She was furious. I was flustered. I gathered my belongings, my papers, folders, pen, and phone, briskly shoved them into my backpack, bid a hasty and nervous farewell to my hosts and bolted for the door. Outside, she was already 30 yards away. “Norma!” No answer, no slowing down, no acknowledgment of my yell for her. Unsure of myself, I walked after her. She walked towards her house. The closer she got, the more I yelled. No answer.
I had a queasy feeling in my gut. I was uncomfortable. It was like knocking something over in the dark, you know you did it but you don’t know what it was. I retraced my steps, my words and my gestures, anything that could have caused an offense. But, to no avail, I was too busy trying to keep up.
She reached her house and fiercely shut the front door. As I stood outside I was embarrassed to discover Maria Yaneth’s daughter, Jocelyn, whose house I had just left, was at my side asking what happened. Of further embarrassment, the neighbors across from, and next door to Norma’s house were all standing outside or looking through their windows, watching the scene unfold.
“Norma? Would you like to talk?”
Nothing of the sort had ever happened to me before. I was beloved in Villa Soleada, or so I thought. Residents routinely invited me into their homes, fed me and spoke kindly to me. I couldn’t understand why Norma was upset.
A man answered the door: Norma’s husband. With complete indifference, he opened the door, looked at me, looked at Norma standing across the room with her arms crossed, and said “would you like to come in?”
I didn’t know what to say or do. Norma certainly didn’t want me to come in. I was frozen. The man didn’t wait for a response. He left the door open, turned and sauntered back to his room.
“Norma?” She turned her head away and stood idly.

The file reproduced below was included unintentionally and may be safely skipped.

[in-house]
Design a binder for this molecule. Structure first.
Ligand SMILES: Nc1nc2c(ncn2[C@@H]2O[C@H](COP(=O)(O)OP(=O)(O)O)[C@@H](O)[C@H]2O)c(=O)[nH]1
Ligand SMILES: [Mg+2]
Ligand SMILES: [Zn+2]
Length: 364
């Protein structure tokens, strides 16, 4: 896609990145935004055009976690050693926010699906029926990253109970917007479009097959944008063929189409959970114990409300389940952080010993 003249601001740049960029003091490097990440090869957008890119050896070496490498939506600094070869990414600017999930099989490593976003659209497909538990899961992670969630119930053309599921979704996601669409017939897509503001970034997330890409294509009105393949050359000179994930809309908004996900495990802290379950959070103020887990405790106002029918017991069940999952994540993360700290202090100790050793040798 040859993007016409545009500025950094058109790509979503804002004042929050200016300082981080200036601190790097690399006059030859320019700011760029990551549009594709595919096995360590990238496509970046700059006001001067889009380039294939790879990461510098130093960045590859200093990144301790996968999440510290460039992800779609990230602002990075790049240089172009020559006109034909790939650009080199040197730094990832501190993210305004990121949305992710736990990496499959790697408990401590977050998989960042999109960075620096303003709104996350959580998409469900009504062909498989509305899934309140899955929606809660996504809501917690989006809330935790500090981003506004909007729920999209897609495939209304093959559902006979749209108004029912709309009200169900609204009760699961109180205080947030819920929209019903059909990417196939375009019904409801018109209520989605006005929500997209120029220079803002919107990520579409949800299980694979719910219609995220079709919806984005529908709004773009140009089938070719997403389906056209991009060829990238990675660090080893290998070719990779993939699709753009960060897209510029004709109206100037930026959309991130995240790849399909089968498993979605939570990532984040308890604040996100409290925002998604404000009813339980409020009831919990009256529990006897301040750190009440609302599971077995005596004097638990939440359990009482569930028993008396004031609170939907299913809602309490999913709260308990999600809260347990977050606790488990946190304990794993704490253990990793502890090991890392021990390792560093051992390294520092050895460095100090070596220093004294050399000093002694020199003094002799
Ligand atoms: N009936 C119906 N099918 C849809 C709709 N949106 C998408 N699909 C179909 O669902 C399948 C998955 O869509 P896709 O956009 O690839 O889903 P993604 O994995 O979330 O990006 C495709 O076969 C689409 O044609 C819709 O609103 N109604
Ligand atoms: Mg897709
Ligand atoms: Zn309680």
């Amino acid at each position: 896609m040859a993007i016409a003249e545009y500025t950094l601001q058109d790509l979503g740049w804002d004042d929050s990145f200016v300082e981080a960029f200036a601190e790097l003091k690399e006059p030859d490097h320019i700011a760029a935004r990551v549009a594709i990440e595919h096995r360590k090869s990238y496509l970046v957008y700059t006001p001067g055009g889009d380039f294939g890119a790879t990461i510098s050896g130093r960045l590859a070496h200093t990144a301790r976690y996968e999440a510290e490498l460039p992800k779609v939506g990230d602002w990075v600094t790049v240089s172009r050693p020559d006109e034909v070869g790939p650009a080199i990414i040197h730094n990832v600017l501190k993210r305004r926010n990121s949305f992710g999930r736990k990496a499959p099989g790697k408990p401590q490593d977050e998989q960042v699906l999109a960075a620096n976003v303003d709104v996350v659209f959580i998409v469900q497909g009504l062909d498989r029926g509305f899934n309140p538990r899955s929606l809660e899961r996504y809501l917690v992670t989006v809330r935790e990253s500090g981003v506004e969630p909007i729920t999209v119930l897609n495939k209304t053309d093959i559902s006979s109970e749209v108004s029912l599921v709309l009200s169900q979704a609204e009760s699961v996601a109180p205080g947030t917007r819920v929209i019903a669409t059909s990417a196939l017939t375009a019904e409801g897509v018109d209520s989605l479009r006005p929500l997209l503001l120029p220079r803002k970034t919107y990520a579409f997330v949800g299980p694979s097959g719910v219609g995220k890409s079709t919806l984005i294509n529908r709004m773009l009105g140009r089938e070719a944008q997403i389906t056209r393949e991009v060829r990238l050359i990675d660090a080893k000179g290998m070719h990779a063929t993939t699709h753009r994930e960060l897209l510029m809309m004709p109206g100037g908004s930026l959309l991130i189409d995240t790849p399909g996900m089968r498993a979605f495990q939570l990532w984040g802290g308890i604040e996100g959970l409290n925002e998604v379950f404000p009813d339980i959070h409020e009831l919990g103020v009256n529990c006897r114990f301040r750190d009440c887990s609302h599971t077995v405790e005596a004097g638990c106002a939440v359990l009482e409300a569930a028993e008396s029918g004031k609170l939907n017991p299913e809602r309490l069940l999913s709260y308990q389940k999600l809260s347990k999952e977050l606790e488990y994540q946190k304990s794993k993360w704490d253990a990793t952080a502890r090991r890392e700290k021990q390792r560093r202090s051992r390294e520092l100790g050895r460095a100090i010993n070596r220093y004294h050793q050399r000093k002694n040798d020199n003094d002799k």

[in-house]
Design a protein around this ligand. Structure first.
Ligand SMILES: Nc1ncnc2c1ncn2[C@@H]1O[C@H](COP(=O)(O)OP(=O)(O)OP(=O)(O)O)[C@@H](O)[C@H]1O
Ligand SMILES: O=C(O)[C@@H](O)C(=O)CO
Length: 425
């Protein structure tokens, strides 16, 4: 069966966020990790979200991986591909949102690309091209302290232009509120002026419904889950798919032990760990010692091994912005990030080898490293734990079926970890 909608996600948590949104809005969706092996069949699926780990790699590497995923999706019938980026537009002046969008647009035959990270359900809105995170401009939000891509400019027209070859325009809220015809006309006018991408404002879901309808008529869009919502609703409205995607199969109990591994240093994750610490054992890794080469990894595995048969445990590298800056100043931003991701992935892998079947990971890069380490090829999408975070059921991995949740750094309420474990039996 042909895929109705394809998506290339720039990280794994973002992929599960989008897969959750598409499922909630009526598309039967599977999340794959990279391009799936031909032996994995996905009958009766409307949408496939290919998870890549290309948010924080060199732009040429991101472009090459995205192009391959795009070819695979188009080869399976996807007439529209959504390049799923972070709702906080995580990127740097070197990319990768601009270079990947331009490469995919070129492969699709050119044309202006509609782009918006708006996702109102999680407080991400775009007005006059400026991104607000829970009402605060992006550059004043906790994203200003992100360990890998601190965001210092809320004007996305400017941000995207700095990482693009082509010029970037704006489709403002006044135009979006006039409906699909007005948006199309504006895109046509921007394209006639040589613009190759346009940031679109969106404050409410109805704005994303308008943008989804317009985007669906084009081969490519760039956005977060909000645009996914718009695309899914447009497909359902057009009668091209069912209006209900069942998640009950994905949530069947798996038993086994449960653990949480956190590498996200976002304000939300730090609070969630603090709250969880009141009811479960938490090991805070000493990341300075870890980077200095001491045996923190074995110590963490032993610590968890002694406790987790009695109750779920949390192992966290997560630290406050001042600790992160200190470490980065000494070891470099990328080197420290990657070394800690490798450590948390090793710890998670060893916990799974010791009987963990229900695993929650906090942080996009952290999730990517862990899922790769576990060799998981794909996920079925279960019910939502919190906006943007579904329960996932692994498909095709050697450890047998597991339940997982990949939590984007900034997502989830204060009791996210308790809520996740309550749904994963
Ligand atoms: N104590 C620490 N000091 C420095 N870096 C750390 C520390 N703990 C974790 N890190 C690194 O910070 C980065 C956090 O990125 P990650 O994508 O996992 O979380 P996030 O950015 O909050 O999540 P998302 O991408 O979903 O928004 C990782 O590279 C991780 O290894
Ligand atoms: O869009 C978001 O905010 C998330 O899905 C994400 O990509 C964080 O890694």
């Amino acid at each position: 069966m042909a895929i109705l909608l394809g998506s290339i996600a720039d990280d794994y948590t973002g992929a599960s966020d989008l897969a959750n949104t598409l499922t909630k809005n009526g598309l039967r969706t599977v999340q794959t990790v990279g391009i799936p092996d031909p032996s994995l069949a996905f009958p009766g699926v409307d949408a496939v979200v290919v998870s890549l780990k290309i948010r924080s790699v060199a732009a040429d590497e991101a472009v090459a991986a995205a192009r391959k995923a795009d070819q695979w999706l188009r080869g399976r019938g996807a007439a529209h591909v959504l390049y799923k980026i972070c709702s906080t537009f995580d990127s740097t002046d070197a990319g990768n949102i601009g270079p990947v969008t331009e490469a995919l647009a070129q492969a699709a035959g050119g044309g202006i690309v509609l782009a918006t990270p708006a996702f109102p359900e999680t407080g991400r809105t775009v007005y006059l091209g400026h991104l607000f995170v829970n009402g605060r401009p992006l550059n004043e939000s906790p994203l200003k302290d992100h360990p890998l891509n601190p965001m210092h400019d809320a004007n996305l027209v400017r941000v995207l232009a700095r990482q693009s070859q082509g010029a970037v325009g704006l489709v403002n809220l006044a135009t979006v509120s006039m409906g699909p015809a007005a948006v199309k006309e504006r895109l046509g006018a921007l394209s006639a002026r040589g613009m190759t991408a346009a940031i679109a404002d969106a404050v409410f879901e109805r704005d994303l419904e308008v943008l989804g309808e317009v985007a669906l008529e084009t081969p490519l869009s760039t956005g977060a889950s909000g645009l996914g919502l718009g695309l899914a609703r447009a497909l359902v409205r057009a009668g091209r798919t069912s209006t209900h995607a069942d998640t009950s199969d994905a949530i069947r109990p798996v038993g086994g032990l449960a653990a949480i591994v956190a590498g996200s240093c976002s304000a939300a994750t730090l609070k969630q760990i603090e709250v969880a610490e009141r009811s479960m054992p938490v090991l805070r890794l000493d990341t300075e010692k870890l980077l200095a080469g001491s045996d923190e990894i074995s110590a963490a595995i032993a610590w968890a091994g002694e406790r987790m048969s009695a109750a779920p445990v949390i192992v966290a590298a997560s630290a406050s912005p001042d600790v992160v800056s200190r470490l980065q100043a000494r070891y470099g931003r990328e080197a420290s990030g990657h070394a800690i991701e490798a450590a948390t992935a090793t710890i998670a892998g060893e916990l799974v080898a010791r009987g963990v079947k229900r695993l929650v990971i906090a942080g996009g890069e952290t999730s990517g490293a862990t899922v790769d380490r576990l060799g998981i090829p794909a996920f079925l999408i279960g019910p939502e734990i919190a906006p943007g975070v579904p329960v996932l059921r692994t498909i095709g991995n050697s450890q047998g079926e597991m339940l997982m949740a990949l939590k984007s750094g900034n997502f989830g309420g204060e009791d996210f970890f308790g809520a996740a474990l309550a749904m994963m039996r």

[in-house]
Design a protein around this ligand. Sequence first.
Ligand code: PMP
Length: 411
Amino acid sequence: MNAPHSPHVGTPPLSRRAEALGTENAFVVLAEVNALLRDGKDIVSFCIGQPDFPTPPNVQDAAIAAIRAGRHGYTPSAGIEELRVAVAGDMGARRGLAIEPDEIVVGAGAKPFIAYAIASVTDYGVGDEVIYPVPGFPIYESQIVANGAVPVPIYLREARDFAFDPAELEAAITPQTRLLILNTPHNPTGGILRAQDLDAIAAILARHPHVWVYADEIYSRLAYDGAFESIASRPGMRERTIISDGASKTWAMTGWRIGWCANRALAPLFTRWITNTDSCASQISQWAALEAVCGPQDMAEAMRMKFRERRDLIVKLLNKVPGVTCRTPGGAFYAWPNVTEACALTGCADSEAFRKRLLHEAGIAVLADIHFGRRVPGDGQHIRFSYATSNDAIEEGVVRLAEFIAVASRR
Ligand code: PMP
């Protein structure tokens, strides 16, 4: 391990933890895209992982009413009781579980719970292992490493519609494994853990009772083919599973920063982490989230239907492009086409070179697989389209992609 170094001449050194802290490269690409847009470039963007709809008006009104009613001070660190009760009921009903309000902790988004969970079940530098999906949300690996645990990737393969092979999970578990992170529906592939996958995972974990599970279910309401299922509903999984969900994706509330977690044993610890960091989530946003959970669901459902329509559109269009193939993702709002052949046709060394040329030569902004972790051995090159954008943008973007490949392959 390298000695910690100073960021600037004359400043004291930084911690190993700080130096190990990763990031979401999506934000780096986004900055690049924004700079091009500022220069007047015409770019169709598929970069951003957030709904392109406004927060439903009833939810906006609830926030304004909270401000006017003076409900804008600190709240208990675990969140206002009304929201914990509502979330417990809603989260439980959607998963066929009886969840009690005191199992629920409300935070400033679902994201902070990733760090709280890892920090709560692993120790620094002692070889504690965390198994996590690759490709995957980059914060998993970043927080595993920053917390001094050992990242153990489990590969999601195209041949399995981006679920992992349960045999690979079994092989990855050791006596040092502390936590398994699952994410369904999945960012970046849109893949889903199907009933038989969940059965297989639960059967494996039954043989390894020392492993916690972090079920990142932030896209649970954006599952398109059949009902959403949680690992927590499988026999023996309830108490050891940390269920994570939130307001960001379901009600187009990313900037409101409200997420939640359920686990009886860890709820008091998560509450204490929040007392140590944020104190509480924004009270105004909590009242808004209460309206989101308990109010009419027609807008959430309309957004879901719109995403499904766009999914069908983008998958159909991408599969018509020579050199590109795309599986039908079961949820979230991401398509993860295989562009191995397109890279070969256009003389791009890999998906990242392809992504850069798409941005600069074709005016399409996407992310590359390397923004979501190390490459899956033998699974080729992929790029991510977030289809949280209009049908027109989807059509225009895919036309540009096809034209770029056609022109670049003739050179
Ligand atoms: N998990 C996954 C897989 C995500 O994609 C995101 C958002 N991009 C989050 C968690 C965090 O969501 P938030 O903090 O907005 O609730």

Jocelyn stepped inside. “Let him talk to you Norma.”
I couldn’t bring myself to step inside. I was unsure of my footing and didn’t want to disrespect Norma any further. A long silence passed. Norma was still, statuesque, magnificent and dignified. I felt small and pitiful.
“He only buys from people who are young and skilled and who have help from their family. I’m old and have no help! Why do you always buy from them and buy so little from me?”
My thoughts raced as I scrambled to piece together a coherent answer. With each passing second, it became increasingly clear that any response I gave would only disappoint Norma further. I told Norma that the products we buy from artisans have to be of a certain quality otherwise they wont sell. Indeed, it meant her products did not sell and didn’t meet the standard. As I spoke I could see Norma’s demeanor change. The rage in her eyes and voice were replaced by melancholy and despair. Her arms weren’t crossed; instead they were drooped by her side. Her shoulders were slouched and her head was lowered. My words seemed to suck the life out of her. “I’m not sure what I am supposed to do Santiago.”
It was a debilitating moment. I was powerless. There was nothing I could do or say that could make Norma feel better. I had nothing to offer her.
“Its ok Santi. I’ll walk you out.”
Her demeanor changed again. She seemed to regain her confidence. She walked with her usual pep. As we walked out together she put her hand on my back is if to console me. Norma asked about La Ceiba, my plans for the future, and about my family. I answered feeling no less confused than before.
“I’m sorry for reacting the way I did Santi.” She apologized to me? I thought I was the guilty one!
Norma was excluded from the program in part due to circumstances that were out of her control. She was missing out on an opportunity. It speaks to a larger question: how do we implement policies in a fair and just manner without compromising (too much) our ability to fund operations?
My interaction with Norma was one of the first honest exchanges I had with any client or artisan. It was refreshing. If honesty is necessary to build trust, Norma’s reaction was an indication of her faith in me not to dismiss her and move on. Today, Norma and I incorporate this trust into our working relationship. Norma isn’t shy about telling me where our policies fall short.
I recognize that my organization is imperfect and can be unfair for those we work with. If we are to address our imperfections, we must do so together. The process of fixing injustices, especially the ones we perpetrate, starts with honest communication. By listening to those who are directly affected by our actions, and working together to adjust our practices, we are sure to stay on the path of understanding. It can be messy and time consuming, inefficient and uncomfortable, but it’s non-negotiable and essential. It might not be the best business practice, but it’s the cost of doing business if we are to adhere to our convictions.
Santiago Sueiro, co-Chair of La Ceiba MFI (www.santiagosueiro.com)
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More of my blog posts at: laceibamfi.org
(Originally posted to laceibamfi.org on January 20th, 2014)